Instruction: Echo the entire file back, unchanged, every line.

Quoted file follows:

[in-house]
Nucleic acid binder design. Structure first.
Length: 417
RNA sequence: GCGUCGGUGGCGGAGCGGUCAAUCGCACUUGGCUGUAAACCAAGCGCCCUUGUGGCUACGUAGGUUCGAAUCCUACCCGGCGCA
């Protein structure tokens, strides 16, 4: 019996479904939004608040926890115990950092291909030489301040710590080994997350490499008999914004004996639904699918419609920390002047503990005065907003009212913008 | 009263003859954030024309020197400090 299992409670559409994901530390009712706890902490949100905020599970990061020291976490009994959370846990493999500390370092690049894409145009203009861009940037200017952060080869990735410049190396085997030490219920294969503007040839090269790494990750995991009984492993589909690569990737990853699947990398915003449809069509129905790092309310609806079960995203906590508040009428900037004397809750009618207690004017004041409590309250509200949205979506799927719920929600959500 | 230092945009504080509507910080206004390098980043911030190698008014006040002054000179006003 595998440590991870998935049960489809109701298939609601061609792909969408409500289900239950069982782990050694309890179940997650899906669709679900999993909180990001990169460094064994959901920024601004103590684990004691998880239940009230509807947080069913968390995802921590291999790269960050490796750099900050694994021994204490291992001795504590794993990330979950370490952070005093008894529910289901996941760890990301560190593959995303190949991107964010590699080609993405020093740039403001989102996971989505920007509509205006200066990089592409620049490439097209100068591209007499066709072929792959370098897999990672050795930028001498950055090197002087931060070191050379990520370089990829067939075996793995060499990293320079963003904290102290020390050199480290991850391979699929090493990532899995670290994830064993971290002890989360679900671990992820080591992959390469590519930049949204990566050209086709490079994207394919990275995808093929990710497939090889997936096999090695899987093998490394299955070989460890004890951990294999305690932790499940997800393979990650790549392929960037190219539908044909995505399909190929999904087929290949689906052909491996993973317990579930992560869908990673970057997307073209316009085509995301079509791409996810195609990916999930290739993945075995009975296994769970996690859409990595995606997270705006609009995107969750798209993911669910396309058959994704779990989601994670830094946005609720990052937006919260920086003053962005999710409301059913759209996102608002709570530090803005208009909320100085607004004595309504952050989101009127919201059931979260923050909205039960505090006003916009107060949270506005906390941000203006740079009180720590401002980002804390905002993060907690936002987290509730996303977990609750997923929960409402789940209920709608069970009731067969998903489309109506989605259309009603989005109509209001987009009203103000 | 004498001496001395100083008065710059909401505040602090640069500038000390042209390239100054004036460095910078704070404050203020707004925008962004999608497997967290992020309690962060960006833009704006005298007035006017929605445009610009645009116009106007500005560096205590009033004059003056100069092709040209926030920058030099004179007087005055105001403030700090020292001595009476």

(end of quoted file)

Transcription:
[in-house]
Nucleic acid binder design. Structure first.
Length: 417
RNA sequence: GCGUCGGUGGCGGAGCGGUCAAUCGCACUUGGCUGUAAACCAAGCGCCCUUGUGGCUACGUAGGUUCGAAUCCUACCCGGCGCA
């Protein structure tokens, strides 16, 4: 019996479904939004608040926890115990950092291909030489301040710590080994997350490499008999914004004996639904699918419609920390002047503990005065907003009212913008 | 009263003859954030024309020197400090 299992409670559409994901530390009712706890902490949100905020599970990061020291976490009994959370846990493999500390370092690049894409145009203009861009940037200017952060080869990735410049190396085997030490219920294969503007040839090269790494990750995991009984492993589909690569990737990853699947990398915003449809069509129905790092309310609806079960995203906590508040009428900037004397809750009618207690004017004041409590309250509200949205979506799927719920929600959500 | 230092945009504080509507910080206004390098980043911030190698008014006040002054000179006003 595998440590991870998935049960489809109701298939609601061609792909969408409500289900239950069982782990050694309890179940997650899906669709679900999993909180990001990169460094064994959901920024601004103590684990004691998880239940009230509807947080069913968390995802921590291999790269960050490796750099900050694994021994204490291992001795504590794993990330979950370490952070005093008894529910289901996941760890990301560190593959995303190949991107964010590699080609993405020093740039403001989102996971989505920007509509205006200066990089592409620049490439097209100068591209007499066709072929792959370098897999990672050795930028001498950055090197002087931060070191050379990520370089990829067939075996793995060499990293320079963003904290102290020390050199480290991850391979699929090493990532899995670290994830064993971290002890989360679900671990992820080591992959390469590519930049949204990566050209086709490079994207394919990275995808093929990710497939090889997936096999090695899987093998490394299955070989460890004890951990294999305690932790499940997800393979990650790549392929960037190219539908044909995505399909190929999904087929290949689906052909491996993973317990579930992560869908990673970057997307073209316009085509995301079509791409996810195609990916999930290739993945075995009975296994769970996690859409990595995606997270705006609009995107969750798209993911669910396309058959994704779990989601994670830094946005609720990052937006919260920086003053962005999710409301059913759209996102608002709570530090803005208009909320100085607004004595309504952050989101009127919201059931979260923050909205039960505090006003916009107060949270506005906390941000203006740079009180720590401002980002804390905002993060907690936002987290509730996303977990609750997923929960409402789940209920709608069970009731067969998903489309109506989605259309009603989005109509209001987009009203103000 | 004498001496001395100083008065710059909401505040602090640069500038000390042209390239100054004036460095910078704070404050203020707004925008962004999608497997967290992020309690962060960006833009704006005298007035006017929605445009610009645009116009106007500005560096205590009033004059003056100069092709040209926030920058030099004179007087005055105001403030700090020292001595009476």